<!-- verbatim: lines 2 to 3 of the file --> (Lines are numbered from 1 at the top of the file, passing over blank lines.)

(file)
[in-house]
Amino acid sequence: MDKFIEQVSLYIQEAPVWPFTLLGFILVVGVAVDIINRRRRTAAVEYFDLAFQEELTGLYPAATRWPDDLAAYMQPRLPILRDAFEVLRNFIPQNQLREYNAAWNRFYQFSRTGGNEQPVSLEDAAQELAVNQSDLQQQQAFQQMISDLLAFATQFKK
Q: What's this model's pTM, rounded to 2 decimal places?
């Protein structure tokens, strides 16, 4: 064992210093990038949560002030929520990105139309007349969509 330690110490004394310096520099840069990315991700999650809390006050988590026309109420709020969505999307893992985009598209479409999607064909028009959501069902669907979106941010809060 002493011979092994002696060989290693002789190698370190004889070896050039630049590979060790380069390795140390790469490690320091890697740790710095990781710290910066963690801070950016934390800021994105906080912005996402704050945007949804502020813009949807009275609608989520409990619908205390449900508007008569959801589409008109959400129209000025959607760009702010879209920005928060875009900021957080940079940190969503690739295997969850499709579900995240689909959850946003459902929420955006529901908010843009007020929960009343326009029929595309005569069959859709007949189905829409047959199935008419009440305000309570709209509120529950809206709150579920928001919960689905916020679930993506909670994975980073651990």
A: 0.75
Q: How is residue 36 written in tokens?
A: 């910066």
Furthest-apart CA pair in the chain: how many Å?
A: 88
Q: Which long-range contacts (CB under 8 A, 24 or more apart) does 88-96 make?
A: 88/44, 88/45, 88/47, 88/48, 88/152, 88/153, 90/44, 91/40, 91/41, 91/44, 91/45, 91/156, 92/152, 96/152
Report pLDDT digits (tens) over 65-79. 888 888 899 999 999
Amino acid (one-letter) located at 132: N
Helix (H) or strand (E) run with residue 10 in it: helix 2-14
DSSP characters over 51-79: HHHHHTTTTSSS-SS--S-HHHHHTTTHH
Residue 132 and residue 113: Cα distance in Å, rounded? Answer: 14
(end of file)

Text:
Amino acid sequence: MDKFIEQVSLYIQEAPVWPFTLLGFILVVGVAVDIINRRRRTAAVEYFDLAFQEELTGLYPAATRWPDDLAAYMQPRLPILRDAFEVLRNFIPQNQLREYNAAWNRFYQFSRTGGNEQPVSLEDAAQELAVNQSDLQQQQAFQQMISDLLAFATQFKK
Q: What's this model's pTM, rounded to 2 decimal places?